The data stored in an agency’s management system is crucial for serving clients, and if anything happens to that data, the loss can be catastrophic for the agency. One of the best ways agencies can safeguard against this is by employing one of the best practices of data security (and risk management in general): creating routine backups of important data.
While creating backups of agency data may feel like a cumbersome additional step to take, any agency who has experienced a data loss incident—whether due to a cybersecurity breach, natural disaster, or other issue—can attest that it’s a small price to pay to avoid large-scale loss of agency data.
This article gives an overview of the biggest risks to agency data, as well as the main types of data backup and best practices for backing up agency data.
In this article:
- Threats to data security
- Local or cloud backups?
- The 3-2-1 rule of multiple backups
- Backups in HawkSoft
Threats to data security
There are many factors that can endanger agency data, but most fall under three main categories: cybersecurity threats, historical data loss, and hardware failure.
As agencies that sell cyber insurance know, cyber attacks are mounting on a global level. Cybercrime is projected to cost the world $10.5 trillion annually by 2025, and there has been a huge surge in ransomware attacks in the last year, with 2021 seeing a 105% average increase worldwide according to a 2022 SonicWall Cyber Threat Report. The Cybersecurity and Infrastructure Security Agency (CISA), along with the FBI and NSA, issued a joint Cybersecurity Advisory in February that outlines the growing international threat posed by ransomware.
While agency management systems employ many measures to keep data secure, there are many other entry points to agency systems that can become easy targets for cyber attacks. Creating data backups ensures that you always have an extra copy of your agency’s data, even if it becomes targeted by a ransomware attack, virus, or other malicious software.
If only Jurassic Park had made data backups...
Historical data loss
Cybersecurity incidents aren’t the only way data can be rendered unusable. Individual data points or files can become corrupted unintentionally through other means, such as software error. HawkSoft refers to this as historical data loss. Because such incidents are often localized and don’t affect the entire agency database, they may go unnoticed for some time until that specific data is needed. Having backups of your data allows you to go back as far as needed to retrieve data or an attachment before the point of corruption.
It’s important to ensure your data is backed up so that if anything happens to the workstations and other equipment in your agency’s office—be it theft, equipment failure, or a natural disaster—you don’t lose the data stored on those devices. Many systems are now backed up to a location in the cloud, which mitigates this concern, but there may still be areas of risk your agency hasn’t considered, such as a local server in the office.
Local or cloud backups?
Where should you start with creating backups? You can save backups of your agency data either locally (on your computer, server, or an external drive) or to a cloud location (accessible online). We’ve outlined the pros and cons of each method below.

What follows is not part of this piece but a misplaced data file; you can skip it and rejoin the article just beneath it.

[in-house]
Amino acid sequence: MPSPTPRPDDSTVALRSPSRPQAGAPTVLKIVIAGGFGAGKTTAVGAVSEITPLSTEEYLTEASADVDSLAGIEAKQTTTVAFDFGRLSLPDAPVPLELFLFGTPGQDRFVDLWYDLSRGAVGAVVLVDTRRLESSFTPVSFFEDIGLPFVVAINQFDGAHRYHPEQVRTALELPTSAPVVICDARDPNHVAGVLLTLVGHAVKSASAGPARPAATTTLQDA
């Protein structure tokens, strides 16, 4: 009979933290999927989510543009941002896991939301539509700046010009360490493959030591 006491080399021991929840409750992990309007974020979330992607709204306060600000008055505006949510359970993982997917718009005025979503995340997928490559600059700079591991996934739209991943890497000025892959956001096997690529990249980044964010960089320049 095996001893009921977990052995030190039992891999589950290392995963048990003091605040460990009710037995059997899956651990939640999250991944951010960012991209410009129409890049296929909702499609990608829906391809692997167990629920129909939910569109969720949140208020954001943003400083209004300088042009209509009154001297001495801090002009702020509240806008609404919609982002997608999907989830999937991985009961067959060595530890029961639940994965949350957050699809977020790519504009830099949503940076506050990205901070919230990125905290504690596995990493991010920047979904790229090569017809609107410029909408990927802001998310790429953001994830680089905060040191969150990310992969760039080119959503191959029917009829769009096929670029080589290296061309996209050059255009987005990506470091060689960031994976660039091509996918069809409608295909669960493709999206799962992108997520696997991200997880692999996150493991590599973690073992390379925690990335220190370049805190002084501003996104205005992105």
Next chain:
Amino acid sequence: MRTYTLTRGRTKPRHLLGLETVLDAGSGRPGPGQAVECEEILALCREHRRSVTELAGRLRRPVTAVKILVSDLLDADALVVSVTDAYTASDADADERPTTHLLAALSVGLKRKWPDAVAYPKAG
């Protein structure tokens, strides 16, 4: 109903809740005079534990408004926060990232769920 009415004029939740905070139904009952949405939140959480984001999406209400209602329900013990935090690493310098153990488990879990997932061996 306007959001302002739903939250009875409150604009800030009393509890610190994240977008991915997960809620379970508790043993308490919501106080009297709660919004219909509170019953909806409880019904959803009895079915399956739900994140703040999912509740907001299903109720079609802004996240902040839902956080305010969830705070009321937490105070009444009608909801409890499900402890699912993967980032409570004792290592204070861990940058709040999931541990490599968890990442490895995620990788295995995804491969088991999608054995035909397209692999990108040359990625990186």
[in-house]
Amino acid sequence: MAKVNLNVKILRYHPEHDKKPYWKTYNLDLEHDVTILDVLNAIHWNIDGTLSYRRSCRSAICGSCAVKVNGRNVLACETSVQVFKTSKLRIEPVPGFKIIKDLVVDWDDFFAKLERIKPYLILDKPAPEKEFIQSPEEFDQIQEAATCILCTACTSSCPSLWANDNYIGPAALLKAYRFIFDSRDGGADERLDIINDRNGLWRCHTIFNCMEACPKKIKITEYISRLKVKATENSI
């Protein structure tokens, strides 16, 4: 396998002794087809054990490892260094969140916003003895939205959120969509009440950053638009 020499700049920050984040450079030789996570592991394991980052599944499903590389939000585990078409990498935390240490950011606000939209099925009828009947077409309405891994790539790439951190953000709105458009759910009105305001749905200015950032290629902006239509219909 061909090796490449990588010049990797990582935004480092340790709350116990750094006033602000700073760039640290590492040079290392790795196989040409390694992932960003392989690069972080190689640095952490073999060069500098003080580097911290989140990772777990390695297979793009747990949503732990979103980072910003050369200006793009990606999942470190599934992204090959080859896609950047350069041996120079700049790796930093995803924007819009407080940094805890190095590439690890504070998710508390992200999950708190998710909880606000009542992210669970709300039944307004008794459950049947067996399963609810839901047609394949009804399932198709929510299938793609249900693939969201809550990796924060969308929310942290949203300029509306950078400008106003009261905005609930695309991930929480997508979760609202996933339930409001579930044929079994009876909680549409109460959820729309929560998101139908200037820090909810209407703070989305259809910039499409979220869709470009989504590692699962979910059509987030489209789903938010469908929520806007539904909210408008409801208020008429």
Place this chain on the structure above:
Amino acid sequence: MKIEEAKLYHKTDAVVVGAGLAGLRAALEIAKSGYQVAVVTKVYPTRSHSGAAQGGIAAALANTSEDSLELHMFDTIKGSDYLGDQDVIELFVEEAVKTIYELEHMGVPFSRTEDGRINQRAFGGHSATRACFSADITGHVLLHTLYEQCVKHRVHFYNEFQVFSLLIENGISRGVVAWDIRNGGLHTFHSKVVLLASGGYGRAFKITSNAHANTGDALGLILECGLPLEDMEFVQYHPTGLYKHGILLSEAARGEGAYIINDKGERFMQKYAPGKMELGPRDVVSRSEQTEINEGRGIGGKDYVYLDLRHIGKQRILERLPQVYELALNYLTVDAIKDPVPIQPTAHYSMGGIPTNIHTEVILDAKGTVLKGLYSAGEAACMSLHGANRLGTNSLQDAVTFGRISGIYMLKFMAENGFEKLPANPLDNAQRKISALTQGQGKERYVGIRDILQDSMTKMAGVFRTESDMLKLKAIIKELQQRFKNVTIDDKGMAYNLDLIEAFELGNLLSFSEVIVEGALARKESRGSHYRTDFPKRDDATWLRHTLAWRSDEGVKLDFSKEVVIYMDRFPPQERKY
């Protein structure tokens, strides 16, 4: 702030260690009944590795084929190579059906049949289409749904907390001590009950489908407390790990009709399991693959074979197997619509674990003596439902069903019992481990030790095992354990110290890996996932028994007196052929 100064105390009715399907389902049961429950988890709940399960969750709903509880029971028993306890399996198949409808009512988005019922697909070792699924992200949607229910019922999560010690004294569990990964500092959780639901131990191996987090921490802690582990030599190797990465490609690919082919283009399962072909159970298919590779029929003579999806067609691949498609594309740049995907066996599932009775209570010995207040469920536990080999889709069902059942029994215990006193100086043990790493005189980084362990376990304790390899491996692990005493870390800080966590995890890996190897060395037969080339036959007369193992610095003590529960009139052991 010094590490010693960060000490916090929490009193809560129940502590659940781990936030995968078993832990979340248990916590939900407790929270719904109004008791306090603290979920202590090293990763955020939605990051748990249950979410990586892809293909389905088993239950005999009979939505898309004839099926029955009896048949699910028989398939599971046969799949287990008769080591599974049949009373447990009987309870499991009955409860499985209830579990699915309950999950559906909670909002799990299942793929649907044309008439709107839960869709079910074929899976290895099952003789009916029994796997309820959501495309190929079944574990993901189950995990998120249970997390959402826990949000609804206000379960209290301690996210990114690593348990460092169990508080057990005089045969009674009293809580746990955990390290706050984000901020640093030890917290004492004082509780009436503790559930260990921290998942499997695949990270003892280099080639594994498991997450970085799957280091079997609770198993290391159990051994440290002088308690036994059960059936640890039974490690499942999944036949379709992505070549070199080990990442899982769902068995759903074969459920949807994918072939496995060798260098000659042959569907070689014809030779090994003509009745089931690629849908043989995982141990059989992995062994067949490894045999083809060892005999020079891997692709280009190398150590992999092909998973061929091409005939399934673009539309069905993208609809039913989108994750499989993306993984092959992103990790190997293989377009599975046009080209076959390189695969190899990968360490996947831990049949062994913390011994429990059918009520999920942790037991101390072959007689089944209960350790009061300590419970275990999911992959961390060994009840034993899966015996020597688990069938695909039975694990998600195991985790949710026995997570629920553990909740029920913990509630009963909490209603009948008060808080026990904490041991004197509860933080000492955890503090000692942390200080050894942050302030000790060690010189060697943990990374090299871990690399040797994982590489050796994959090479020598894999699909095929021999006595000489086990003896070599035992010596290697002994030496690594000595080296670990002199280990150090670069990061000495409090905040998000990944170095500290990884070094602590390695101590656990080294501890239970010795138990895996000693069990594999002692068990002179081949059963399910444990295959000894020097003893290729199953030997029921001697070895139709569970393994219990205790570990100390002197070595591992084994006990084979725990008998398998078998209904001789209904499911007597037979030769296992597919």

The 3-2-1 rule of multiple backups
It can be tempting to think there’s no need to back up your data if your agency management system already saves your data (and creates automatic backups) in the cloud. While this protects your agency against hardware failure risks, it doesn’t protect against the other two main threats to data: historical data loss and cybersecurity risks. Agency management systems typically employ a much higher level of data security than an agency could achieve on its own, but cybersecurity threats like ransomware attacks can strike any organization at any time, regardless of its size or level of security.
Because of this most experts (including the US Chamber of Commerce) recommend using the 3-2-1 backup rule: have three separate copies of all important data (one primary and two backups) saved on two different types of media, with at least one kept offsite.
This is why HawkSoft strongly recommends that all customers, including those who have backups automatically saved to the cloud on HawkSoft Online, create additional backups as a necessary layer of data redundancy for your agency.
For example, your agency management system could be your primary copy of data. In addition, you could save regular backups of your data to a folder on your local computer or to cloud storage (whichever is opposite of where your management system stores backups), as well as on external discs that are kept in a secure location outside the office.
Backups in HawkSoft
For agencies that use HawkSoft Online, snapshots are taken of your agency database multiple times a day and backed up in the cloud for a rolling 30-day timeframe. As mentioned above, we recommend agencies create additional backups to protect against historical data loss and cybersecurity threats.
Agencies with a local installation of HawkSoft are solely responsible for storing their own data and creating backups. Because this doesn’t include an automatic level of backup like on HawkSoft Online, it’s even more important to put multiple layers of data backup in place.